Elektor Electronics

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Anyone get Elektor Electronics magazine
http://213.222.12.205/Default.aspx?tabid27%&year20%05&month=9&art52%895&PN=O
n

Hopeless NZ bookshops have not put it on the shelf yet,

Does anyone know what capacitors range the ESR meter does?





Re: Elektor Electronics

"Eric the Kiwi"

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**  A waste of perfectly good trees.


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**  Trees 1,  Elektor  0.


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**  Who bloody cares ??

Every second DMM on sale measures capacitance well enough.

For PSU electros an ESR meter is all you need and Bob Parker's one is a
winner.

If an electro passes the ESR test -  then it has its original (marked)
capacitance value.

If an electro fails the ESR test -  then it goes straight in the bin.


Capice ?




.........  Phil





Re: Elektor Electronics
On Sun, 11 Sep 2005 13:11:45 +1000, "Phil Allison"

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Why is that Phil? Is it because the dont publish designs based on
pre-historic components?

Perhaps the ex roadies dont like mags that publish mostly digital
designs

<snip>

Re: Elektor Electronics
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Because you can get same thing in a pdf

Re: Elektor Electronics
Now why did I think as I wrote the question, "I would most unlikely get a
answer, just pathic replys from children that have nothing better to do"




Re: Elektor Electronics

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This is aus.e;ectronics, and it does reflect the nature of the
industry in australia :)

I used to be an elektor subscriber and they continue to send me mags.
If this one turns up in the post I will email you.

Re: Elektor Electronics
to keyboard and composed:

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With respect, I can't see that this question makes any sense. An ESR
meter measures ESR, not capacitance. Ideally the capacitor's C should
not affect the result because it should look like a S/C to the test
signal.

I don't know anything about the Elektor meter, but Bob Parker's meter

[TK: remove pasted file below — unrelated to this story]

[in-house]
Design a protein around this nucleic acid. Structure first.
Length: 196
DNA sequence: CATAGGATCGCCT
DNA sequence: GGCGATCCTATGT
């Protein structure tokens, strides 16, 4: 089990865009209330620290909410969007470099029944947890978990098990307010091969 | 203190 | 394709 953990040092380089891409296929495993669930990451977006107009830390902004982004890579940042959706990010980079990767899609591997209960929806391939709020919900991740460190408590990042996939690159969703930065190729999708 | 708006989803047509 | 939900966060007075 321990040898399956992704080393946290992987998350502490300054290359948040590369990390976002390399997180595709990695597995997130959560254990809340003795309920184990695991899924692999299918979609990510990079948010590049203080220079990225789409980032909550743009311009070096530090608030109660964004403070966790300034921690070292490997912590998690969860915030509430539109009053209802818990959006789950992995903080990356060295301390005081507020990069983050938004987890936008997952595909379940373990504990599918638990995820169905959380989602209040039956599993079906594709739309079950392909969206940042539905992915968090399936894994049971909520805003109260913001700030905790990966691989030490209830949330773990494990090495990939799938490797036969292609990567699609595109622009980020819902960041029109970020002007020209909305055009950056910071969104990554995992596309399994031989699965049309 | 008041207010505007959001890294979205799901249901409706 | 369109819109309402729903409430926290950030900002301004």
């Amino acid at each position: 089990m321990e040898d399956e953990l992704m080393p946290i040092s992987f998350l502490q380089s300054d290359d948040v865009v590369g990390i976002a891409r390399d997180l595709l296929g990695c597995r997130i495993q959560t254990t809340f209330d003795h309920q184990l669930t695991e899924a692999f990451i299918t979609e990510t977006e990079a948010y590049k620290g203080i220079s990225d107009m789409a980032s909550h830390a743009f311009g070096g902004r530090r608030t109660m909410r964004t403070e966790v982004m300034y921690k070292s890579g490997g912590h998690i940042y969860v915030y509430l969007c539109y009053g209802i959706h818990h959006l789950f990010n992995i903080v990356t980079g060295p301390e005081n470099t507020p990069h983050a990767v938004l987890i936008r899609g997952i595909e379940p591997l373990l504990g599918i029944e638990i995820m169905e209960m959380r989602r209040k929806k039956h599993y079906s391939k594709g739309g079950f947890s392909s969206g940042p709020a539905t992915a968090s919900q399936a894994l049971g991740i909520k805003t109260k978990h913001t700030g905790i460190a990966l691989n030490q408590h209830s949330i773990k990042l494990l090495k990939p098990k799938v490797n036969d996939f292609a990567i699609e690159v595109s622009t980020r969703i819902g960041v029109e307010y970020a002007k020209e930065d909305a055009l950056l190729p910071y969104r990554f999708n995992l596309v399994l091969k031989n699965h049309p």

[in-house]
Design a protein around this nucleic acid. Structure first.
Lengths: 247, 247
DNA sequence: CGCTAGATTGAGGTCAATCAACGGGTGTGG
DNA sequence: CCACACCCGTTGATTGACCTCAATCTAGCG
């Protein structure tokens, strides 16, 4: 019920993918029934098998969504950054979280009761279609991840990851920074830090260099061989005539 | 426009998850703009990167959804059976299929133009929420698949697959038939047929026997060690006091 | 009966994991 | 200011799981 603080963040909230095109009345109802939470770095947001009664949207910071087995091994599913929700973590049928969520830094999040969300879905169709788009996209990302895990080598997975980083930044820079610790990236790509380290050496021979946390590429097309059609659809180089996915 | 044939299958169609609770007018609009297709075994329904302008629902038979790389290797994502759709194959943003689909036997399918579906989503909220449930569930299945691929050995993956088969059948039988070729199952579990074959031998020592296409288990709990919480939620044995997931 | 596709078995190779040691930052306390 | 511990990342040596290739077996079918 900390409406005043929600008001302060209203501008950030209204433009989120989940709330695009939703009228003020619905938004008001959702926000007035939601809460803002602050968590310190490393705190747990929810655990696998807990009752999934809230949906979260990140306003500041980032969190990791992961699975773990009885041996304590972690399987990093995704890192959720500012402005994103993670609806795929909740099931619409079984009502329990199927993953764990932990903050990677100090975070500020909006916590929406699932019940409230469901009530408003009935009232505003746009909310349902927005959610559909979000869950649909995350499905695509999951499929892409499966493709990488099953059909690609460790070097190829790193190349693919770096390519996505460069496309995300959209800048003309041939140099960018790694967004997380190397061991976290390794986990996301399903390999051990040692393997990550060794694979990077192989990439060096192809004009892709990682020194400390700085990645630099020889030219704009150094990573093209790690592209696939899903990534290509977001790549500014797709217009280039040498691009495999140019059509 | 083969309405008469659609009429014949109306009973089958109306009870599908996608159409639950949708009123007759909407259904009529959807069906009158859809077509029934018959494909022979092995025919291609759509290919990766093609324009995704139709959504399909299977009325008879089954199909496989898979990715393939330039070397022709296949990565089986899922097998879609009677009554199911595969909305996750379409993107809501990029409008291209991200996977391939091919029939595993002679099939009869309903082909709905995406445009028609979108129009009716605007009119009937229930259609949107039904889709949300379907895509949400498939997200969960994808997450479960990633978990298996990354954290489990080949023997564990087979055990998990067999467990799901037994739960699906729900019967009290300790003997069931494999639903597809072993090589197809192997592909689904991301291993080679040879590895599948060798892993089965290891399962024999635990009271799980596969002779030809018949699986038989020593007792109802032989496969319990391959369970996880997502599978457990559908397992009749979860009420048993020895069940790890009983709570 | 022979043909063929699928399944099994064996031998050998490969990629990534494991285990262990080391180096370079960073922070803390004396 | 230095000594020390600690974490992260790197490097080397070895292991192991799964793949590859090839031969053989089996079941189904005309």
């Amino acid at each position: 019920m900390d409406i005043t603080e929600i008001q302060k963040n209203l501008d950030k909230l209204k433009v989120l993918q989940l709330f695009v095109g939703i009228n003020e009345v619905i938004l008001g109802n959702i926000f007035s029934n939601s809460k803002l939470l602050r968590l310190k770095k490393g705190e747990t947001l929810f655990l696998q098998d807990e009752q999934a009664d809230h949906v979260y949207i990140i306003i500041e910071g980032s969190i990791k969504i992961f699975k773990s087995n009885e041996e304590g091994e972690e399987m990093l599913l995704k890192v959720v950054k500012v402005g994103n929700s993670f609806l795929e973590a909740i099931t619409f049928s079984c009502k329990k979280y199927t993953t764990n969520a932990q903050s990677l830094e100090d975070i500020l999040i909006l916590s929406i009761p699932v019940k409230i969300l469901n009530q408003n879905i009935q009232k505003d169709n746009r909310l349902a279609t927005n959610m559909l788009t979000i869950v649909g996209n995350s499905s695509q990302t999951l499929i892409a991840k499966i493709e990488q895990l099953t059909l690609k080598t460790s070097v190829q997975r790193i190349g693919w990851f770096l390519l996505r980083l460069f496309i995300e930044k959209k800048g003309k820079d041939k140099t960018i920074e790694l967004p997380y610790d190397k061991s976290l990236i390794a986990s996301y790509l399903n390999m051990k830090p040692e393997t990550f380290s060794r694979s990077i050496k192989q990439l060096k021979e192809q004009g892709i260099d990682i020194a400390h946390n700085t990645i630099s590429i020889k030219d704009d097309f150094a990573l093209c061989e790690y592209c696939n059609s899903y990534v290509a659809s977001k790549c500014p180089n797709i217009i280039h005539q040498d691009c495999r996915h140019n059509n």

applies charging pulses of three different amplitudes to the capacitor
under test, and then compares the voltage to an internal reference
capacitor. The assumption is that the pulse is of sufficently short
duration so as not to appreciably charge the test capacitor. AFAICS,
the larger the cap, the more accurate the measurement. As for very
small caps, I would think that the meter's internal time constants
would be selected so as to accommodate the smallest expected values of
capacitance. At the very worst, the meter would overestimate the ESR.
In this case the user could check the reading against a known good cap
of the same value.

-- Franc Zabkar

Please remove one 'i' from my address when replying by email.

Re: Elektor Electronics
Looking at a review of ESR meters I note that they do vary in respect of the
range of caps they can accurately check for ESR - especially at the lower end of
the range I gather

David

Franc Zabkar wrote:

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Re: Elektor Electronics
On Wed, 14 Sep 2005 23:57:28 GMT, quietguy
keyboard and composed:

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Well, that's what I expected in the worst case.

Anyway, I notice that the ESR table on Bob Parker's Mark 1 meter goes
down to 1uF, so I tried the following test using five Hitano EXR
series 105 degC 1uF 100V low ESR electrolytics (WES code 1EXR100).

 individual ESR measurements (1uF):   3.1, 3.3, 3.6, 3.8, 3.8 ohms
 all five in series (0.2uF):          18 ohms
 all five in parallel (5uF):          0.67 ohms

The results suggest that the meter is reasonably linear in the range
0.2uF - 5uF.

The next readings are for used, 250V, film, mains rated X2 caps:

 C (uF)   ESR (ohms)
-----------------------
  1.0     1.4  1.4
  0.82    1.5  1.5
  0.47    3.3  2.9  3.5
  0.22    7.7
  0.10    19   19

I would have thought that the ESR for this type of cap was negligible
(< 0.5 ohm ???). If so, then the readings must reflect the
capacitance's contribution to the measurement process. If I understand
Bob's design correctly, the capacitance should contribute a
"resistance" value of dt/C (= dV/Ipulse), where dt is the duration of
the charging pulse. For example, a 1us pulse into an ideal 1uF cap
should make it test like a 1 ohm resistance, whereas an 0.1uF cap
would measure 10 ohms.

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-- Franc Zabkar

Please remove one 'i' from my address when replying by email.

Re: Elektor Electronics

"Franc Zabkar"
 quietguy
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**  Bob's brilliant ESR meter is very clearly intended to test  ** ELECTROS
**  - while in circuit, in faulty gear !!

The whole reason for testing the electros is because at the end of their
useful life,  the " juice " inside dries out sending the ESR value high.

The principle of operation relies on the fact that at a frequency of about
100kHz, an electro's impedance it at its minimum value  -   so nearly equal
to the intrinsic internal resistance or  ESR  !!

Very low value electros, like 1 uF, need a slightly higher test frequency